The week that was (10-25-19)

Soaring demand for avocado (to spread on toast?) has lead to extortion, kidnapping and theft in Mexico where it is referred to as “green gold.” Further north, apple thieves snuck onto a family farm and stole more than 3 tons of fruit right off of the trees. Meanwhile, there is a record surplus of bacon.

A man was airlifted was airlifted to a local Alabama hospital after being run over by his own four wheeler operated by his dog.

Face-to-face with a cougar on a mountain trail, Dee Gallant had to think quickly. She reached into her pocked and flipped thru her phone’s music library, set it on speaker and played Metallica.

Tan, a real estate developer in China paid Xi, a hitman, to take out his competitor, Wei. As is popular in the construction industry, the Xi subcontracted the job to Mo, who hired Yang, who hired another Yang, who hired Ling. The whole thing fell apart and Tan, Xi, Mo, the two Yangs, and Ling were all hauled into court and sentenced to intentional homicide.

Scientists have developed a skin-like mobile phone case that responds to being pinched and tickled. Tapping on the surface can be interpreted as seeking attention while stroking can be associated with providing comfort.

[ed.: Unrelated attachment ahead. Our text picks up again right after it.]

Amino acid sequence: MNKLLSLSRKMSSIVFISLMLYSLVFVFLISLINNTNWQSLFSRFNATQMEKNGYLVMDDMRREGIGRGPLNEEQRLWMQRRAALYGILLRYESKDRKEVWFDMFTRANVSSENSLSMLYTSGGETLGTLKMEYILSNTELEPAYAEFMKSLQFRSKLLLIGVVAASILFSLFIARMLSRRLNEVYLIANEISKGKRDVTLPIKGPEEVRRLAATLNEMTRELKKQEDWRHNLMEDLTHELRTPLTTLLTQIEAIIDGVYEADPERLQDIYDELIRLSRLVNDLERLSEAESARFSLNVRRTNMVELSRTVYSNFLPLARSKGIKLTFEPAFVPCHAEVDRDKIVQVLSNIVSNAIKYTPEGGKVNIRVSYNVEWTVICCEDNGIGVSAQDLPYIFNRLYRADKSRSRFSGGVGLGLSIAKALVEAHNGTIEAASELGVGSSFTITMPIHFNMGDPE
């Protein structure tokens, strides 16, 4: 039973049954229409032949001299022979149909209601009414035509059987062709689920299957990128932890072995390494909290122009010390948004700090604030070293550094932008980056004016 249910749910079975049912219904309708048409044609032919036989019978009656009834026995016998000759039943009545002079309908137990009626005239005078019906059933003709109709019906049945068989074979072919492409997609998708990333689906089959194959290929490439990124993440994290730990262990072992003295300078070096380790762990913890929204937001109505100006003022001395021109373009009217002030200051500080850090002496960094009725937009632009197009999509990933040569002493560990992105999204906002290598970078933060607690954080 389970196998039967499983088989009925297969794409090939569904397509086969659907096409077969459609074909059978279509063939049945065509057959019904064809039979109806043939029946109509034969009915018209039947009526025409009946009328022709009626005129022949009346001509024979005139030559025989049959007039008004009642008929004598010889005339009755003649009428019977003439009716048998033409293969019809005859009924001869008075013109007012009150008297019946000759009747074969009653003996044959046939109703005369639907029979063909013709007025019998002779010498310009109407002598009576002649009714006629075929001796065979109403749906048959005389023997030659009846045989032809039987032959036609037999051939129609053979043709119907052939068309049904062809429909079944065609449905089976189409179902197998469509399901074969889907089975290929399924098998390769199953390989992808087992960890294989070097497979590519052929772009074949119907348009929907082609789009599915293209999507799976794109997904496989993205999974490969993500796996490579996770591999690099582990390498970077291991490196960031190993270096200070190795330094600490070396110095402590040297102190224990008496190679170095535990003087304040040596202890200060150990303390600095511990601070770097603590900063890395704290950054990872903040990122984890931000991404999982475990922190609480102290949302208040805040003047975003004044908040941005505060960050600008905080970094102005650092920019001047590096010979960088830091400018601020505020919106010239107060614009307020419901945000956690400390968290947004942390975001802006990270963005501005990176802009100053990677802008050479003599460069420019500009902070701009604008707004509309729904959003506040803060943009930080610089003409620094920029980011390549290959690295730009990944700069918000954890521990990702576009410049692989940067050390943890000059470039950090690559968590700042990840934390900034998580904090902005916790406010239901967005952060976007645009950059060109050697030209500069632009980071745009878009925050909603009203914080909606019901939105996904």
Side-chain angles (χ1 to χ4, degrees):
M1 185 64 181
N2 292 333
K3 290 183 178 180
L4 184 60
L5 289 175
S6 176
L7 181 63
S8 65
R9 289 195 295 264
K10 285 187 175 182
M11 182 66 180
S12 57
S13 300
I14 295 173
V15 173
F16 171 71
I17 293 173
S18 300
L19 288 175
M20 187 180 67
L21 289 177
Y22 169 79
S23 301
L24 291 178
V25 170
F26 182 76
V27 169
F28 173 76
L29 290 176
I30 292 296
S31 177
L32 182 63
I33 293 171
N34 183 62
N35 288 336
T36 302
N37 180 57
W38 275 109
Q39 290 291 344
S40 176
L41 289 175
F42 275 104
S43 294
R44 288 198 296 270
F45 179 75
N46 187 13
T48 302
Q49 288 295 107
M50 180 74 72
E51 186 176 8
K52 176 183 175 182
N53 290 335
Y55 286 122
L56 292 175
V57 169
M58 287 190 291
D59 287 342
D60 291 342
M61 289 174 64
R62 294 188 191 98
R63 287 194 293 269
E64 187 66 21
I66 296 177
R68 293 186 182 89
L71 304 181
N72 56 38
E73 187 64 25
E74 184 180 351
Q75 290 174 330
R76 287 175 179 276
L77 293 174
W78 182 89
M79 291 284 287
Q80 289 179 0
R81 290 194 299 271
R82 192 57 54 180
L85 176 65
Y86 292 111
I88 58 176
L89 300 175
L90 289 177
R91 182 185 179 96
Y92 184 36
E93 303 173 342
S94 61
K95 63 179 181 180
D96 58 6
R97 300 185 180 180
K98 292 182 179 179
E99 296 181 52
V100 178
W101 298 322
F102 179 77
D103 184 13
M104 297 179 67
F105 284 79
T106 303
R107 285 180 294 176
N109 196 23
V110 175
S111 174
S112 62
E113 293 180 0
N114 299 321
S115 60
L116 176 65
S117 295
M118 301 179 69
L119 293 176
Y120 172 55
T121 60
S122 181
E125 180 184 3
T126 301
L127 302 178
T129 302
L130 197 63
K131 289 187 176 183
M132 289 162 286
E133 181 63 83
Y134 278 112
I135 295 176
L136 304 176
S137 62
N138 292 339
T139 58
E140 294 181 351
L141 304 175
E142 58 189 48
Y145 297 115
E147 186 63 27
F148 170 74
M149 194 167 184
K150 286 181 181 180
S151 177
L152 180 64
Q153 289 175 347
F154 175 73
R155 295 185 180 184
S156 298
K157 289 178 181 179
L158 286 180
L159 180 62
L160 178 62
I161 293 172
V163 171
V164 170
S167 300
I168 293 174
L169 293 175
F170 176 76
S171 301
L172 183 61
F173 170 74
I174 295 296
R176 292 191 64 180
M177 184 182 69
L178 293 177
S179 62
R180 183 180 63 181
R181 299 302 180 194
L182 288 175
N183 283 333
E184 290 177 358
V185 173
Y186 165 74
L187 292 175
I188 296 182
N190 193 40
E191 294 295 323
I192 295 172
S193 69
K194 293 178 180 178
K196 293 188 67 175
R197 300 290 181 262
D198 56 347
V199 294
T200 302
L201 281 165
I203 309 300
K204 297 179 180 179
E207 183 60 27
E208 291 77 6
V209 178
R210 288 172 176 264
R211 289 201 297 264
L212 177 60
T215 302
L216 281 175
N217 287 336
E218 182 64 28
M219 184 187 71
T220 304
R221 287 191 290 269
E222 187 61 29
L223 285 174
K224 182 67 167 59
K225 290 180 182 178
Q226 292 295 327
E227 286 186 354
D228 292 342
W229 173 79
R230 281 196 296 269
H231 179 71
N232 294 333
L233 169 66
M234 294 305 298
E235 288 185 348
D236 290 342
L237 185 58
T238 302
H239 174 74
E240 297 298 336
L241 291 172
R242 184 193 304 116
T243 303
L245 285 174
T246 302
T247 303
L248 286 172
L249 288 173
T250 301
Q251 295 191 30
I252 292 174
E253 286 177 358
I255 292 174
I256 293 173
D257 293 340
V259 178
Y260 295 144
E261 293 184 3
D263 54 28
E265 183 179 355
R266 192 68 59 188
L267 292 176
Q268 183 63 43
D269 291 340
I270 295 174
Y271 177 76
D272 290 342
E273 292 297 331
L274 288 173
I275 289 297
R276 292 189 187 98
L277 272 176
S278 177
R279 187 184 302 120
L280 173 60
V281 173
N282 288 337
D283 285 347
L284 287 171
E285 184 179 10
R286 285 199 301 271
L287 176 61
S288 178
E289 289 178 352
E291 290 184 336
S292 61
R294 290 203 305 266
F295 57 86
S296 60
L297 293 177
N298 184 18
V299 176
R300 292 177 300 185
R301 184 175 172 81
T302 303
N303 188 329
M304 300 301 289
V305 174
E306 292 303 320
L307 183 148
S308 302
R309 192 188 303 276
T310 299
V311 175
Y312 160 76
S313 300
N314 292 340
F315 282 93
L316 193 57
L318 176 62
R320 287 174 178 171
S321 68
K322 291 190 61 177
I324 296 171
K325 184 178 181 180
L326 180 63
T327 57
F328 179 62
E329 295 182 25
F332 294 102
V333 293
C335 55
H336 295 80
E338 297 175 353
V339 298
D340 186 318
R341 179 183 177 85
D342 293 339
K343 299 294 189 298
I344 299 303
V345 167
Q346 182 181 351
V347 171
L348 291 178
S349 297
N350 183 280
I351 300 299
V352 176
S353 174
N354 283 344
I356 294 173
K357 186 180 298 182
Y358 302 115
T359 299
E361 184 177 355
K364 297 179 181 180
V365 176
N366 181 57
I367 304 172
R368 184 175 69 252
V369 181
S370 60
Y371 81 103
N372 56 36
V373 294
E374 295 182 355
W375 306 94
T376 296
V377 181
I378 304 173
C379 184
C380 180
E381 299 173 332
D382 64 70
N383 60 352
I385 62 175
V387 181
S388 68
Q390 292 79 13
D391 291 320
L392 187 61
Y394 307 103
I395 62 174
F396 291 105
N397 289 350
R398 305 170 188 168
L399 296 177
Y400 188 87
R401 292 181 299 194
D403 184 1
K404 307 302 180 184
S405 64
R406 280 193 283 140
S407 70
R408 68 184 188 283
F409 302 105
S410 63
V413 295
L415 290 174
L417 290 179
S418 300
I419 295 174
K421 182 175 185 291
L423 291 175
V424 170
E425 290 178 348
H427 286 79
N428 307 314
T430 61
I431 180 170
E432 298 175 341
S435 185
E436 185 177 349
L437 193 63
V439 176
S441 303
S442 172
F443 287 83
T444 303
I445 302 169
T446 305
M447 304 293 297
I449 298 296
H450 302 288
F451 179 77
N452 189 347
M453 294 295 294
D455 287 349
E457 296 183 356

In order to prevent students from the sidelong glance during testing, Bhagat Pre-University College in southern India put cardboard boxes on the student’s heads.

A Bangladeshi lawmaker has been expelled from university after allegedly hiring as many as eight lookalikes to take exams in her place.

A former Apple lawyer in charge of preventing insider trading was indicted for insider trading.

Mats Järlström, a Swedish engineer visiting Oregon, challenged and successfully reversed his wife’s traffic violation there with a judgement that ended up changing the timing of traffic lights around the world. Never cross an engineer.

Qantas Airways completed the longest, non-stop passenger flight ever. Forty-nine passengers flew for 19 hours and 16 minutes from New York to Sydney. One Bloomberg reporter was on board and wrote about it.

The Society of Professional Journalists have trademarked the term “fake news” and plan to send the president a cease and desist notice for using the term incorrectly.

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